In fact, most people end their hike in this meadow, before reaching the shores of the Consolation Lakes. There’s an unfortunate field of massive boulders in front of the lakes, making them a little difficult to get to.
It’s not the end of the world though… after seeing the world-renowned beauty of Moraine Lake, Consolation Lakes just doesn’t compare. They are nice mountain lakes in their own right, but it’s not really a fair comparison.
Despite being a very scenic, easy Moraine Lake hike, the Consolation Lakes trail is often not very busy. If you are seeking respite from the hordes of visitors around Moraine Lake, the Consolation Lakes trail is an excellent choice.
Consolation Lakes Hike – Quick Details
Distance: 6 km out and back Elevation Gain: 240 m
Learn more about this easy Moraine Lake hiking trail in our full blog post on the Consolation Lakes trail.
6. Moraine Lake Rockpile Trail
The vast majority of people visiting Moraine Lake make a beeline for the Rockpile Trail, and for good reason. The Rockpile Trail, otherwise known as the Moraine Lake Viewpoint Trail, is a very short hike to a series of elevated viewpoints. It’s from these viewpoints that the iconic images of Moraine Lake and the Valley of the Ten Peaks are captured.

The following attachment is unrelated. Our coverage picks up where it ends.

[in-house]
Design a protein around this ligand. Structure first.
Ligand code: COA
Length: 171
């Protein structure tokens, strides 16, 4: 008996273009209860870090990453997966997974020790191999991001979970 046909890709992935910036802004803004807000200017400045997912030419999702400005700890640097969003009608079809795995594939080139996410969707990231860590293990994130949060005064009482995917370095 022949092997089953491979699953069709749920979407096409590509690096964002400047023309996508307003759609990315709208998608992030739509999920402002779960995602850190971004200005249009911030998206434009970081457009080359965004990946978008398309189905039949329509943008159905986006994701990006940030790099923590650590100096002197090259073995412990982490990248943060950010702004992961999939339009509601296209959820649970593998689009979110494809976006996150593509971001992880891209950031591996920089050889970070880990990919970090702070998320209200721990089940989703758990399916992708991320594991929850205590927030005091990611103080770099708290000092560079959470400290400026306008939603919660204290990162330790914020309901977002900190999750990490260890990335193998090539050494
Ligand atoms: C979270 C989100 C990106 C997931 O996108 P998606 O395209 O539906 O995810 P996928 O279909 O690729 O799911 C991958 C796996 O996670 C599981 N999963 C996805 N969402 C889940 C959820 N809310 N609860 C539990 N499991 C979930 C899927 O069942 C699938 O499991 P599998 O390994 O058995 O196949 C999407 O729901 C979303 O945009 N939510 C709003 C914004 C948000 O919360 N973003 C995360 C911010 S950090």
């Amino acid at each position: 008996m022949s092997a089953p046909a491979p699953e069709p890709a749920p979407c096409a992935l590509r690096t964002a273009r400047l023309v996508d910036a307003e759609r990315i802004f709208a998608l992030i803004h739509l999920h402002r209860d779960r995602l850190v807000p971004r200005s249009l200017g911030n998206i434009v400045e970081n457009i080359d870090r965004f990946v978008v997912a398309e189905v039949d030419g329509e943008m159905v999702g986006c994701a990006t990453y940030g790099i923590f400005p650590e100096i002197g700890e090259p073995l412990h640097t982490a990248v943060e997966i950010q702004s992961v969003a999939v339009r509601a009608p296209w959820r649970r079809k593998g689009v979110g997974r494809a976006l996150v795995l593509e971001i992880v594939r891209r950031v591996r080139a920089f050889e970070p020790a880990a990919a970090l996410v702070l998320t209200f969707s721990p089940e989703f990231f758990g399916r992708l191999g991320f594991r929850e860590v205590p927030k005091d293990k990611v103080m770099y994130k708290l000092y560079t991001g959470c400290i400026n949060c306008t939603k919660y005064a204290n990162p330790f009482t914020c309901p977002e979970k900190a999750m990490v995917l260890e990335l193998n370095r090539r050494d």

While the Rockpile Trail is quite short, there are a few sets of stairs to climb. Despite the stairs, almost everyone should be physically capable of this highly scenic, short Moraine lake trail.
Rockpile Trail – Quick Details
Distance: 0.8 km loop Elevation Gain: 10 m
7. Moraine Lake Shoreline Trail
Banff National Park is blessed with an incredible amount of scenic locations, but Moraine Lake just might be the most scenic spot of them all. The easiest of the ‘true’ Moraine Lake hikes allows visitors to walk the shoreline of this world-famous Banff lake.
Along the Moraine Lake Shoreline trail, you’ll not only enjoy the beauty of the turquoise water of the lake, but you’ll marvel at the towering mountains of the Valley of the Ten Peaks looming directly overhead.
Moraine Lake Shoreline Trail – Quick Details